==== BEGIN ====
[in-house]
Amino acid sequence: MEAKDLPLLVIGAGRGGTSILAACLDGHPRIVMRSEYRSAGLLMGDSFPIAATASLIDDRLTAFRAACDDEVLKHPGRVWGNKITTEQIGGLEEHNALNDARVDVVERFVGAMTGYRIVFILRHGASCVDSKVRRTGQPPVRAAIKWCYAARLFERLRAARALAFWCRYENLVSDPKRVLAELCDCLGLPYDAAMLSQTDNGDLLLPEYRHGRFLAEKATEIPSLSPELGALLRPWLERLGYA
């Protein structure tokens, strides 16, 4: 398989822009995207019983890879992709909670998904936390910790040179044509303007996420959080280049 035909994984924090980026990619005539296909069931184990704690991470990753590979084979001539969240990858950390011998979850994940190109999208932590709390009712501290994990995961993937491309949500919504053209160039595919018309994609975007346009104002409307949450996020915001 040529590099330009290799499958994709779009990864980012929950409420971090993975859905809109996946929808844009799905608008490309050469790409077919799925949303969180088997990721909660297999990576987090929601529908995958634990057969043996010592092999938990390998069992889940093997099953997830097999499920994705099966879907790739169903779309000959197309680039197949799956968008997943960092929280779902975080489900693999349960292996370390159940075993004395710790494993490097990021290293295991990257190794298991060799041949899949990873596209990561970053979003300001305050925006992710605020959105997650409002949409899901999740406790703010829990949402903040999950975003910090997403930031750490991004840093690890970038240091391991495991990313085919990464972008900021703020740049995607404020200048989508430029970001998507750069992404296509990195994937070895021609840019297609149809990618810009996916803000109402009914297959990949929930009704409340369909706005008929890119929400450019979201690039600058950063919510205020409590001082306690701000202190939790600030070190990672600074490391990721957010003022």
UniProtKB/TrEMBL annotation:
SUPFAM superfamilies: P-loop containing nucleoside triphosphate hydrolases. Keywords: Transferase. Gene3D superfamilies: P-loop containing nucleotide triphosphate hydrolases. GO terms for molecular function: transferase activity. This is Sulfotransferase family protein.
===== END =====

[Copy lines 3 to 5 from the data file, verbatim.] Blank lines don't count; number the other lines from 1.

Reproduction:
């Protein structure tokens, strides 16, 4: 398989822009995207019983890879992709909670998904936390910790040179044509303007996420959080280049 035909994984924090980026990619005539296909069931184990704690991470990753590979084979001539969240990858950390011998979850994940190109999208932590709390009712501290994990995961993937491309949500919504053209160039595919018309994609975007346009104002409307949450996020915001 040529590099330009290799499958994709779009990864980012929950409420971090993975859905809109996946929808844009799905608008490309050469790409077919799925949303969180088997990721909660297999990576987090929601529908995958634990057969043996010592092999938990390998069992889940093997099953997830097999499920994705099966879907790739169903779309000959197309680039197949799956968008997943960092929280779902975080489900693999349960292996370390159940075993004395710790494993490097990021290293295991990257190794298991060799041949899949990873596209990561970053979003300001305050925006992710605020959105997650409002949409899901999740406790703010829990949402903040999950975003910090997403930031750490991004840093690890970038240091391991495991990313085919990464972008900021703020740049995607404020200048989508430029970001998507750069992404296509990195994937070895021609840019297609149809990618810009996916803000109402009914297959990949929930009704409340369909706005008929890119929400450019979201690039600058950063919510205020409590001082306690701000202190939790600030070190990672600074490391990721957010003022």
UniProtKB/TrEMBL annotation:
SUPFAM superfamilies: P-loop containing nucleoside triphosphate hydrolases. Keywords: Transferase. Gene3D superfamilies: P-loop containing nucleotide triphosphate hydrolases. GO terms for molecular function: transferase activity. This is Sulfotransferase family protein.